Thanks in large part to TV police dramas nearly everyone knows that “if you cannot afford an attorney, one will be provided for you.”
It’s a constitutional right guaranteed those in the criminal courts; but there’s no right to legal advice or representation in civil cases. Legal help is available for many low-income families in Washington state, but few know they are eligible for assistance, and inadequate funding has limited the legal advice and representation that is available.
“We’ve watched legal needs increase while resources have decreased. There’s a justice gap,” said state Supreme Court Justice Charles Wiggins.
Justice Wiggins is chairman of the Civil Legal Needs Study Update committee, which oversaw a recent survey and report that outlines how the problem has changed since the first study in 2003. About 7 in 10 of the state’s low-income households face at least one civil legal problem each year, and those households face an average of nine legal difficulties, three times the level reported in 2003. More than 500,000 low-income state residents, about 76 percent of those with legal problems, won’t get any legal advice or representation and are left to face such problems alone.
Most notably, all victims of domestic violence or sexual assault — that’s 100 percent — will be caught up in civil legal problems, such as housing, child custody or divorce.
The survey, conducted by Washington State University’s Social and Economic Research Center, found that the most common legal problems reported were related to health care costs, such as medical debt or the loss or inability to find insurance coverage; consumer and financial problems, such as debt collection or inability to get banking services; and problems with employers.
And these problems tend to build on each other. Difficulty in restoring a driver’s license suspended for nonpayment of a traffic ticket, said Yvette War Bonnet, an attorney in the Everett office of the Northwest Justice Project, complicates transportation, making it difficult to find or hold onto a job.
The state is facing two challenges in closing the justice gap, said James Bamberger, director of the state Office of Civil Legal Need. Many in need of assistance aren’t aware of the assistance available, and cuts to the services his office provides have resulted in loss of staff around the state. Currently, Northwest Justice Program offices, which administer legal aid to low-income families, have only one staff member available for regions based in Port Angeles, Aberdeen and Walla Walla.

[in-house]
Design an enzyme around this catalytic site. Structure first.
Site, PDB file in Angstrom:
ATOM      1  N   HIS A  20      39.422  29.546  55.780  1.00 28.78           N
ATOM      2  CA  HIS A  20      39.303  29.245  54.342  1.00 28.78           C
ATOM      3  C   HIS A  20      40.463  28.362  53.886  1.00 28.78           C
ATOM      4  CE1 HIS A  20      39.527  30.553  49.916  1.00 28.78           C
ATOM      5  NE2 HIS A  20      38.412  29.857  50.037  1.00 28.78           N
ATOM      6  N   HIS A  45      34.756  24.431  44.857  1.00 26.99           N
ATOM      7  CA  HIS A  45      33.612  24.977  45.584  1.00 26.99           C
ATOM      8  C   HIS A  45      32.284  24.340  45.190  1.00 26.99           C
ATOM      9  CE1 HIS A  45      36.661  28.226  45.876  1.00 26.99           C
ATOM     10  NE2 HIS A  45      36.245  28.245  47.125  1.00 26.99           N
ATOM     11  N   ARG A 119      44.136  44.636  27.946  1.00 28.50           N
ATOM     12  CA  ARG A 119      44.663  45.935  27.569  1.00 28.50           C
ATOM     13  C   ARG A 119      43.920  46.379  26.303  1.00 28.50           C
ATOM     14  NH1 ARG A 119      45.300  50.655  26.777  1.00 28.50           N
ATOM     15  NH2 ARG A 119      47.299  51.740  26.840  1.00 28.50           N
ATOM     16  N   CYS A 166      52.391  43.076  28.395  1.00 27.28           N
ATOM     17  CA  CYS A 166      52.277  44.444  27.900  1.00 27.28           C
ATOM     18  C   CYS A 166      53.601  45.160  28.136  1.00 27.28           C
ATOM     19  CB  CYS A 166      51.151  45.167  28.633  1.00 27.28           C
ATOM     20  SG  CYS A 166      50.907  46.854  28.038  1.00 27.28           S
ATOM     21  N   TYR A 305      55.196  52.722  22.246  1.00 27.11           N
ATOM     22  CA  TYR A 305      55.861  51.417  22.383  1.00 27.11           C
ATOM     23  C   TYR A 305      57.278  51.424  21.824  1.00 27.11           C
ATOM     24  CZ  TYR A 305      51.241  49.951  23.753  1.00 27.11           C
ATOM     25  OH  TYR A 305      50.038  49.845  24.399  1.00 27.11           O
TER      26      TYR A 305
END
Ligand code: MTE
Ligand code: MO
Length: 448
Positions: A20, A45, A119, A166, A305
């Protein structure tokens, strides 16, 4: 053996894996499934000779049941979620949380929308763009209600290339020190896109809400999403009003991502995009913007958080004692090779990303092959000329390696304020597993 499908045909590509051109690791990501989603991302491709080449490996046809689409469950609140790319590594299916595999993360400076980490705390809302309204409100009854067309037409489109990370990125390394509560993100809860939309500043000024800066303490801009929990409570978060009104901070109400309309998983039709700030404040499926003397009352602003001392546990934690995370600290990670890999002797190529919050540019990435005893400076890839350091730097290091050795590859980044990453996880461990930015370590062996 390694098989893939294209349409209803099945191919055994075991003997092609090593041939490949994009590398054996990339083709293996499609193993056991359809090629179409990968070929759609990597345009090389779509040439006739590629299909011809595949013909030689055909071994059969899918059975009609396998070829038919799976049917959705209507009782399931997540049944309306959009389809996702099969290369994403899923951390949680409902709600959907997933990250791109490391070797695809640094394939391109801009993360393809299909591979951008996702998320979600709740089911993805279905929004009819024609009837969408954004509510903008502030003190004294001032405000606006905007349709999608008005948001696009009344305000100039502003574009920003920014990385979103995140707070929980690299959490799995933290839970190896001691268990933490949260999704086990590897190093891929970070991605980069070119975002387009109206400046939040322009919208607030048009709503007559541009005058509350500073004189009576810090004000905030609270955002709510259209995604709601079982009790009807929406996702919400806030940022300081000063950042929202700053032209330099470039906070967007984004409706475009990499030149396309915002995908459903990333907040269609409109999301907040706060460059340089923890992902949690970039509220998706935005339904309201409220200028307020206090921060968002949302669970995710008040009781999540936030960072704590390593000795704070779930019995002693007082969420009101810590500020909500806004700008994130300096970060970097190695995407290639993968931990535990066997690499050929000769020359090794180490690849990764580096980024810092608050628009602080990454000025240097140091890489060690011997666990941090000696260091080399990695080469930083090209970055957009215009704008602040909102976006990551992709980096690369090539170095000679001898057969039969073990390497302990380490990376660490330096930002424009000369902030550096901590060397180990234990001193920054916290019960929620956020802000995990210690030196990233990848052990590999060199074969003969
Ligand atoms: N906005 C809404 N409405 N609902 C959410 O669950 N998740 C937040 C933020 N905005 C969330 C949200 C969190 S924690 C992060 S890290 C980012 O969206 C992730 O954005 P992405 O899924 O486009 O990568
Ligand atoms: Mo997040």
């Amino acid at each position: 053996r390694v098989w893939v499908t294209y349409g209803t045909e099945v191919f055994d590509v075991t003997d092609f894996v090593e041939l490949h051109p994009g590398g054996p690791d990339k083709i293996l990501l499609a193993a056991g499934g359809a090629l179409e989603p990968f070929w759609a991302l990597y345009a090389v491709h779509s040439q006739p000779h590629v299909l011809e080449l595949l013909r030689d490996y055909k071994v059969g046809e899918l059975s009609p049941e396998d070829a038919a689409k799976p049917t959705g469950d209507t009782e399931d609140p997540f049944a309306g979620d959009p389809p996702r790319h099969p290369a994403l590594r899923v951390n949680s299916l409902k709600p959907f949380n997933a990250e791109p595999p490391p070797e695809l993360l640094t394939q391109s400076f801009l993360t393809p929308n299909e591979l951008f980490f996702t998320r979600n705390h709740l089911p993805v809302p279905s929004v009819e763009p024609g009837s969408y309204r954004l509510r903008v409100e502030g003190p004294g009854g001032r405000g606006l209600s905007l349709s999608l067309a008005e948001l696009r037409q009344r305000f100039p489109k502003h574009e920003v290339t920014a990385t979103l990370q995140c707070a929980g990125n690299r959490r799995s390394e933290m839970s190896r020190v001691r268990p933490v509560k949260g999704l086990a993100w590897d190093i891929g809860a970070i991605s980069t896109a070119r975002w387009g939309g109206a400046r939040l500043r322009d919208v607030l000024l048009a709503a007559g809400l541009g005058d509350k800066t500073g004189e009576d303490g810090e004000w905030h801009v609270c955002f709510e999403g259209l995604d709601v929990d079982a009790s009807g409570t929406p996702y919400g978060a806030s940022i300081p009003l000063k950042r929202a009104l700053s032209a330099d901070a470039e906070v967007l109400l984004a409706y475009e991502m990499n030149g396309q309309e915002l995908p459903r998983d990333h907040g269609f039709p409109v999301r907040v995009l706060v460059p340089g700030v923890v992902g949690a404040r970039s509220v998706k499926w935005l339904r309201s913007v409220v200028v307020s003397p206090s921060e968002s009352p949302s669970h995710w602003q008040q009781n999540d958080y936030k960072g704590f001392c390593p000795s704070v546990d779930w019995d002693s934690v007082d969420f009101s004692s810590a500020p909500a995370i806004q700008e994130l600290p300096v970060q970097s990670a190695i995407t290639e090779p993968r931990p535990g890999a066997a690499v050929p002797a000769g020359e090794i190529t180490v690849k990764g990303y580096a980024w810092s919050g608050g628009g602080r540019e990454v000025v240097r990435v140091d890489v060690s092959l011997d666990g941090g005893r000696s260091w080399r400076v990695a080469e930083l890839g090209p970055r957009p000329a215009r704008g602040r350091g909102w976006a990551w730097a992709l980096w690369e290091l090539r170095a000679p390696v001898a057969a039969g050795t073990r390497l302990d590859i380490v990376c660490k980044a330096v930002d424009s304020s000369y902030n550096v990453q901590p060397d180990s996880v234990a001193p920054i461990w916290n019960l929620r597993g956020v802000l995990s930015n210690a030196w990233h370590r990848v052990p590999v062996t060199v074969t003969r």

Where the national minimum standard for representation is one attorney for every 5,000 eligible clients, Snohomish County and most of Western Washington see ratios of one attorney for between 12,500 and 17,500 potential clients.
The state’s Volunteer Lawyer Programs provide some assistance. In 2014, pro bono work by attorneys provided 54,430 hours, serving more than 15,000 clients with legal advice and more than 2,800 with representation. Likewise, War Bonnet said, her office works with agencies, including Housing Hope and the Tulalip Tribes, on outreach to those in need of legal aid.
But to come close to the national minimum standard, Bamberger said the state needs to provide funding for 125 more attorneys, which would require an annual budget appropriation of $15.5 million. Bamberger and others plan to seek about $500,000 in the coming legislative session’s supplemental budget as a stop-gap measure, but also plan to seek more funding in the 2017-18 budget than the $23.6 million provided in the most recent budget.
Some will see this as yet another financial responsibility for the state and its taxpayers at a time when the Legislature already must fix funding of K-12 public education and meet other needs. That it is. But it clear that civil legal difficulties can quickly fester into problems in finding and holding jobs and caring for children and families, trapping families in poverty and forcing them to seek other public assistance.
Justice delayed is justice denied. Justice also is denied when access to it is denied.
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